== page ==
A mother-of-one who claims she did not realise sun damage causes skin cancer was diagnosed with the disease twice in six years.
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Sarah Carlick, 45, failed to use sunscreen throughout her childhood and regularly indulged in at-home sunbeds as a young adult.
The PhD student, of Lancaster, even admits to use tanning oil and thinking she ‘hadn’t been on holiday’ unless she came home with a ‘burnt neck and shoulders’.
Ms Carlick was diagnosed with melanoma, the deadliest form of skin cancer, in January 2012 after spotting a ‘crusty’ mole on her shoulder.
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After having the blemish removed, she thought she had beaten the disease, until it returned more aggressively in December last year.
Ms Carlick, who is mother to nine-year-old Ella, is undergoing a year’s worth of targeted drug treatment, which aims to stop melanoma cells dividing.
Her family then bought a portable sunbed to help them build a ‘base tan’ before they jetted off.
Looking back, I can’t believe how often I would use the sunbed at home,’ she said. ‘It must have been for at least 10 years, but once again it was just pure ignorance.
I was of the school of thought it was safer to use sunbeds and build up a gradual tan, before exposing yourself to hotter climates.
I never in a million years thought it caused damage, especially not cancer.
‘To think I used to use tanning oil, to make my skin fry, makes me physically shudder. What on earth was I thinking?’
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Ms Carlick noticed an unusual blemish in early 2012, while her mother Ros was battling ovarian cancer.
‘I was getting changed one day when I noticed a crusty mole on my shoulder and my mum insisted, I book an appointment with the GP,’ she said.
‘It was a difficult time, as my mum was in the throes of this evil disease and my health anxiety was through the roof.
That same week, Ms Carlick was referred to Lancashire’s Royal Preston Hospital, where doctors took a biopsy of the mole and sent it off for testing.
Two weeks later, they confirmed she had stage-one melanoma, which had not spread.
Ms Carlick underwent a wide local excision at the same hospital a week later. Due to the disease being caught early, no further treatment was needed.
‘My biggest fear was waking up and finding out I’d needed a skin graft, but luckily they were able to stretch the skin and it slowly began to heal,’ she said.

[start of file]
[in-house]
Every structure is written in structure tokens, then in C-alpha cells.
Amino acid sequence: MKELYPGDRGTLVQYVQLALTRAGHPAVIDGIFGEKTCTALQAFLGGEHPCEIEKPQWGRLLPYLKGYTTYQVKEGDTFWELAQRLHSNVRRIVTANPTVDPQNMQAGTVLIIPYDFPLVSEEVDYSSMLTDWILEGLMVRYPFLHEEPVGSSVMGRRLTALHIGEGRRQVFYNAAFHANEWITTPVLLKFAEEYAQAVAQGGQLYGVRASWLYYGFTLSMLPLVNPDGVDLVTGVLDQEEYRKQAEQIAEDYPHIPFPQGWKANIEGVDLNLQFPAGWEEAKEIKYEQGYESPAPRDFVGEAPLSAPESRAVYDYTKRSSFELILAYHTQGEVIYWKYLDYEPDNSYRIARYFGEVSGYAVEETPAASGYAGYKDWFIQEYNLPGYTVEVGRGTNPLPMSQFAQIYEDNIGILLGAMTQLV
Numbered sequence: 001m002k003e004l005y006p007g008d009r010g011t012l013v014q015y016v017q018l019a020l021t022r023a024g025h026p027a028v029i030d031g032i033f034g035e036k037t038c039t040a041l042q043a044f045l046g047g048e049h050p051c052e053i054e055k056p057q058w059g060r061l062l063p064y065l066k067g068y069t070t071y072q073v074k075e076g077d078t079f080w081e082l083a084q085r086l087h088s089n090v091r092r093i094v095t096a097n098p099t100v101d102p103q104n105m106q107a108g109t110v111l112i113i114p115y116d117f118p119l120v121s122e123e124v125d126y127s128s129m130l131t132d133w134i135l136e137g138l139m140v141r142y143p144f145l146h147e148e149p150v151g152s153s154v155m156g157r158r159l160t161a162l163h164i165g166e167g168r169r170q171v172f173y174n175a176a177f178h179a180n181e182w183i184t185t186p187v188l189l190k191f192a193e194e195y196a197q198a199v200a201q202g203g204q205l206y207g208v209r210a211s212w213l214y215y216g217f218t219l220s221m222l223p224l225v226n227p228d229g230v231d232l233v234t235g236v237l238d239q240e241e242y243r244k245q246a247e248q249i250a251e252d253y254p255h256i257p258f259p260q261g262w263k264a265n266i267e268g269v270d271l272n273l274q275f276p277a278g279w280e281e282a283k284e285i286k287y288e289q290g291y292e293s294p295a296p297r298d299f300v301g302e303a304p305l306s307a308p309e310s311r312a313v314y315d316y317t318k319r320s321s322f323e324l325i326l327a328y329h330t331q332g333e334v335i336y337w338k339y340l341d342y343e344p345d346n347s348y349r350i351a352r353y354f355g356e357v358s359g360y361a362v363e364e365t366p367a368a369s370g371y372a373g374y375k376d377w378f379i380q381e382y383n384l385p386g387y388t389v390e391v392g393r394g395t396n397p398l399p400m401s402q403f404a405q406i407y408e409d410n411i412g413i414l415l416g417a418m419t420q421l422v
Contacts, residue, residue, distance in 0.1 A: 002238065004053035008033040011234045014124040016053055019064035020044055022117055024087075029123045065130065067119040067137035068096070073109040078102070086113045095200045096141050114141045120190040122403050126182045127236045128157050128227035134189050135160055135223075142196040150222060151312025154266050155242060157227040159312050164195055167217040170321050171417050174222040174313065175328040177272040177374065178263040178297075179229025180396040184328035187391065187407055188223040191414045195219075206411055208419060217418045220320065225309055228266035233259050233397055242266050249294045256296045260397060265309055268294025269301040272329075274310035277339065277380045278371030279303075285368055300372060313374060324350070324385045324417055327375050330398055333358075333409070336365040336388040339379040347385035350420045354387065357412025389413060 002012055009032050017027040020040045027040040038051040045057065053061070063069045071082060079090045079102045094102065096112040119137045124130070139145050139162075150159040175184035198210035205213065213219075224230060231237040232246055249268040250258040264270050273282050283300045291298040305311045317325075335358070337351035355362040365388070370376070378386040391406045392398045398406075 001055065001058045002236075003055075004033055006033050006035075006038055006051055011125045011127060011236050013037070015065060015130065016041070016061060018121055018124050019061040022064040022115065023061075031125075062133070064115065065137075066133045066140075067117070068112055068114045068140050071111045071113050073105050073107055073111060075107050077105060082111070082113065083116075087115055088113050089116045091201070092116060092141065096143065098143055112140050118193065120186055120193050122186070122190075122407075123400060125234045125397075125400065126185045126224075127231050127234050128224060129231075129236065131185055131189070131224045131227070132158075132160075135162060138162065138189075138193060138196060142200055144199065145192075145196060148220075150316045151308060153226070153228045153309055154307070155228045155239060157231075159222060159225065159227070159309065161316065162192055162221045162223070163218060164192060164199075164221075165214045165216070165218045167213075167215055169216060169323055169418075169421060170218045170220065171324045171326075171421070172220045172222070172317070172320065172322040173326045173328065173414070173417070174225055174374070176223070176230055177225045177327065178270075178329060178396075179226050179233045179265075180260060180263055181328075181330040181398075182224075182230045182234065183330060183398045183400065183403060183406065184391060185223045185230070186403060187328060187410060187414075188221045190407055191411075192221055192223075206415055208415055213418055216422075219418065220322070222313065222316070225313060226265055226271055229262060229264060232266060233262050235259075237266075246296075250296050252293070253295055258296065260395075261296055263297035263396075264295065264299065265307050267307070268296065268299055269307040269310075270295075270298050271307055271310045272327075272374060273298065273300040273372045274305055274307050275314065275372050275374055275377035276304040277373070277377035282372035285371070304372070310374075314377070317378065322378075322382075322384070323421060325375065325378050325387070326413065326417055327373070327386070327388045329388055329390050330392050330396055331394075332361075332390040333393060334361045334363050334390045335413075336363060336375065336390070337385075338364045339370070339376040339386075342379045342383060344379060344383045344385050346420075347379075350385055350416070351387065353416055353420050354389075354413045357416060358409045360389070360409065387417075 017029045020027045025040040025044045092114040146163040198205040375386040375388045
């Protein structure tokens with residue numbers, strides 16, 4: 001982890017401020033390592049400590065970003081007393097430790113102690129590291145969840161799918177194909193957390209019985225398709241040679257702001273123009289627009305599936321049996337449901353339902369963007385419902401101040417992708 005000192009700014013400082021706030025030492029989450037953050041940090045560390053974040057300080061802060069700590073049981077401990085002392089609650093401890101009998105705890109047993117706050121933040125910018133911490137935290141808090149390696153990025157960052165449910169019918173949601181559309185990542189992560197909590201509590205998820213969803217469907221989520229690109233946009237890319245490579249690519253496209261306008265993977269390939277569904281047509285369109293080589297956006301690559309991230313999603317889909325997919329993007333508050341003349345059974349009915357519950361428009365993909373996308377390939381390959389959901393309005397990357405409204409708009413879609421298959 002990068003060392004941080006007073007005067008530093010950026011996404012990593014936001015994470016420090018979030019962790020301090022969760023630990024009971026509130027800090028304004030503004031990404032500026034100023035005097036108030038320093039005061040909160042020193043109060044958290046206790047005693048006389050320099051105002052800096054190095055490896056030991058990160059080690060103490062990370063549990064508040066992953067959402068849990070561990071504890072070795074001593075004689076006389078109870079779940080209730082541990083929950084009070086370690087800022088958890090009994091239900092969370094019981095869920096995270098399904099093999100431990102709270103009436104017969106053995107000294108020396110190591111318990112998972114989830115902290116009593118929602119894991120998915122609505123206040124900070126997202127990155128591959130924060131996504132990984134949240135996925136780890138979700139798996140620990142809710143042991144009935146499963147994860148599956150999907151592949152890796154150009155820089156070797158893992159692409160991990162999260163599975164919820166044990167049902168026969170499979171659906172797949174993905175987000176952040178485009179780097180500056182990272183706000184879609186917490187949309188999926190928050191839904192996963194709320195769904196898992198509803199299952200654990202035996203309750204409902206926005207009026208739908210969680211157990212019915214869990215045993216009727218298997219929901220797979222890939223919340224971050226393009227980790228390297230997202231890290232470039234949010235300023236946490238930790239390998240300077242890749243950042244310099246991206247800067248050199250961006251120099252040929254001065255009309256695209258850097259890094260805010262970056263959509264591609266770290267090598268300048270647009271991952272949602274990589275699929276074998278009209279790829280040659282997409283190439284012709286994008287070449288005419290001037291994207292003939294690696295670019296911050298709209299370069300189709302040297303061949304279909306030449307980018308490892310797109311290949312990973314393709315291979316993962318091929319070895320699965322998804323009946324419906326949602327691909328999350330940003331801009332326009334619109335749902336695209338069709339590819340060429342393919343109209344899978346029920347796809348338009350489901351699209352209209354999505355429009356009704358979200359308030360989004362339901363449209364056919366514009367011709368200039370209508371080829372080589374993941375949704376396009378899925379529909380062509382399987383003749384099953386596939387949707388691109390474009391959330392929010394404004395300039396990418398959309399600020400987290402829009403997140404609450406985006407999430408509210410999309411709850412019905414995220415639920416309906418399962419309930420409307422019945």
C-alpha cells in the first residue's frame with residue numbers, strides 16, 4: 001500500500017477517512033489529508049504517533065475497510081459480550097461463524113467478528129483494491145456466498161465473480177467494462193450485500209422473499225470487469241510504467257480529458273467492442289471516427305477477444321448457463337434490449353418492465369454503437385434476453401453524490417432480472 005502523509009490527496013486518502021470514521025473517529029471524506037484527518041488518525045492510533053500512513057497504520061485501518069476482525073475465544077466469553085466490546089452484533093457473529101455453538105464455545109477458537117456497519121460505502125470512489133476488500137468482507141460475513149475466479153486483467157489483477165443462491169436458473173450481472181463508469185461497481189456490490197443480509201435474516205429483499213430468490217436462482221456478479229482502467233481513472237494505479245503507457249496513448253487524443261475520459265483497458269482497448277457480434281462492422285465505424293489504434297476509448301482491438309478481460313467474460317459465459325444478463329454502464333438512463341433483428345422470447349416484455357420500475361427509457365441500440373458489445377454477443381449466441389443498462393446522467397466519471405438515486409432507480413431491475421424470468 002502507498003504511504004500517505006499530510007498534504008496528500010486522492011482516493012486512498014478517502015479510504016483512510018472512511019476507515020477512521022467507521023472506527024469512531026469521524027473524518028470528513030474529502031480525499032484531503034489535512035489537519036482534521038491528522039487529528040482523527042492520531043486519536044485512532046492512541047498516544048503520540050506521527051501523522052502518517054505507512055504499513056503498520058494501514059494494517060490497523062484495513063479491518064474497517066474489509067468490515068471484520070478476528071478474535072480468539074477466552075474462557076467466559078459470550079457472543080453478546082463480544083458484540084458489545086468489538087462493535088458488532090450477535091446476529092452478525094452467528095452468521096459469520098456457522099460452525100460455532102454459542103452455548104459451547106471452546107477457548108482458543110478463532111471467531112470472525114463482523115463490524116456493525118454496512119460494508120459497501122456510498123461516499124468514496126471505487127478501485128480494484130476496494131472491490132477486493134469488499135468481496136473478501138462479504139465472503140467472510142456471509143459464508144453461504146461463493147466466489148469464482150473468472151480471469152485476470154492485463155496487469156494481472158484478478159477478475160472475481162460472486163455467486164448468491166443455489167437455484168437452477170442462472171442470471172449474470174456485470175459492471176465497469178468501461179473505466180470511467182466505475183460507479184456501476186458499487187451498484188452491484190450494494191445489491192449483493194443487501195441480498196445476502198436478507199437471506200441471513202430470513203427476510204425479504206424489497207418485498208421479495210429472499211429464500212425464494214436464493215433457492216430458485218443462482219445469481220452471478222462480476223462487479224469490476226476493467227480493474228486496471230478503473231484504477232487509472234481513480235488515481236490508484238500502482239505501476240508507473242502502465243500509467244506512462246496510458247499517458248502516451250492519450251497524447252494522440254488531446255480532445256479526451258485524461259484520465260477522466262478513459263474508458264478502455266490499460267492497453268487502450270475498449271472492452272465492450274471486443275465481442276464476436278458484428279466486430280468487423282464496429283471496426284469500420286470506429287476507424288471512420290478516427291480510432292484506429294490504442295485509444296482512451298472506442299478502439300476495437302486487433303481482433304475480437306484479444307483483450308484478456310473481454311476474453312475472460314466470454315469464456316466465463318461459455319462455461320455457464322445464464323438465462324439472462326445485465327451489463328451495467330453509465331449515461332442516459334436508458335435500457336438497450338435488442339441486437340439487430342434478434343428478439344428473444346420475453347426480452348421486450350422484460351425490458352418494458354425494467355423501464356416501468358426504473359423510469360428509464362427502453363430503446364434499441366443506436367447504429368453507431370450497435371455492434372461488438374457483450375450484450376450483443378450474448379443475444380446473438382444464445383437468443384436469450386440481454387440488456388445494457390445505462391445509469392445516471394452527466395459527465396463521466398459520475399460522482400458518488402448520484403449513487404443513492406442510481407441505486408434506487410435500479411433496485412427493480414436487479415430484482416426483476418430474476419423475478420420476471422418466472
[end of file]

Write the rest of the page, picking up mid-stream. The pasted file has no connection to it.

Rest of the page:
‘The stitches were unsightly for a long time, but when I think about how bad it could have been, I breathe a sigh of relief.’
While Ms Carlick breathed a sigh of relief over her own health, her mother died aged 63 from cancer in February 2013.
‘Losing mum was one of the hardest things I’ve ever been through, it was so hard seeing her at the end, after going through rounds of chemotherapy,’ she said.
‘When I received my diagnosis, she was so worried I’d have to go through the same, but luckily I didn’t and I think that was a great relief to her.’
Ms Carlick had spent the past five years studying for a PhD in new technologies for child protection at Lancaster University.
After throwing herself into her education, she was just weeks away from graduating when she noticed an unusual lump on her collarbone on November 19 last year.
‘I was getting ready for a meeting and I clocked the lump in the mirror,’ she said. ‘It was exactly the same as last time. I just stared in the mirror and cried.’
Ms Carlick visited her GP and was once again referred for a biopsy within days.
On December 12 last year, just a day after her graduation, she was told she had stage-three melanoma that had spread to her lymph nodes.
‘It didn’t feel real, in a way it still doesn’t,’ she said.
‘I couldn’t get my head around how something as simple as a mole or lump could lead to something as serious as stage-three cancer.’
On January 8, Ms Carlick had another local excision operation, as well as around 20 lymph nodes removed, at The Christie Hospital in Greater Manchester.
She was then put on a 12-month course of targeted drug therapy.
Seven months on from her second diagnosis, Ms Carlick has cancelled an upcoming holiday to Australia in October with Ella to focus on her recovery.
She is speaking out to encourage people to protect themselves against the sun’s UV rays and to check their skin regularly for any abnormalities.
‘Sun damage is the new smoking,’ Ms Carlick said. ‘I see people sunbathing, and want to run up to them and tell them to stop.
‘People are slowly killing themselves and they just don’t realise.
‘I was a child of the 70s. There was a massive boom in visiting the continent over summer months, and protection from the sun just wasn’t something you thought about.
‘If we knew what we did about sun damage when I was growing up, I honestly believe that I wouldn’t be in the position I’m in today.’
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Speaking after Britain’s recent heatwave, she added:
My entire attitude to the sun has been turned on its head. I would never dream of letting Ella go out in the sun unprotected.’
‘Ignorance is a killer. Sun tans last a few weeks, while a cancer diagnosis stays with you for life.’
Find more information on North West Cancer Research’s skin cancer awareness campaign and advice on skin cancer.
Source: Daily Mail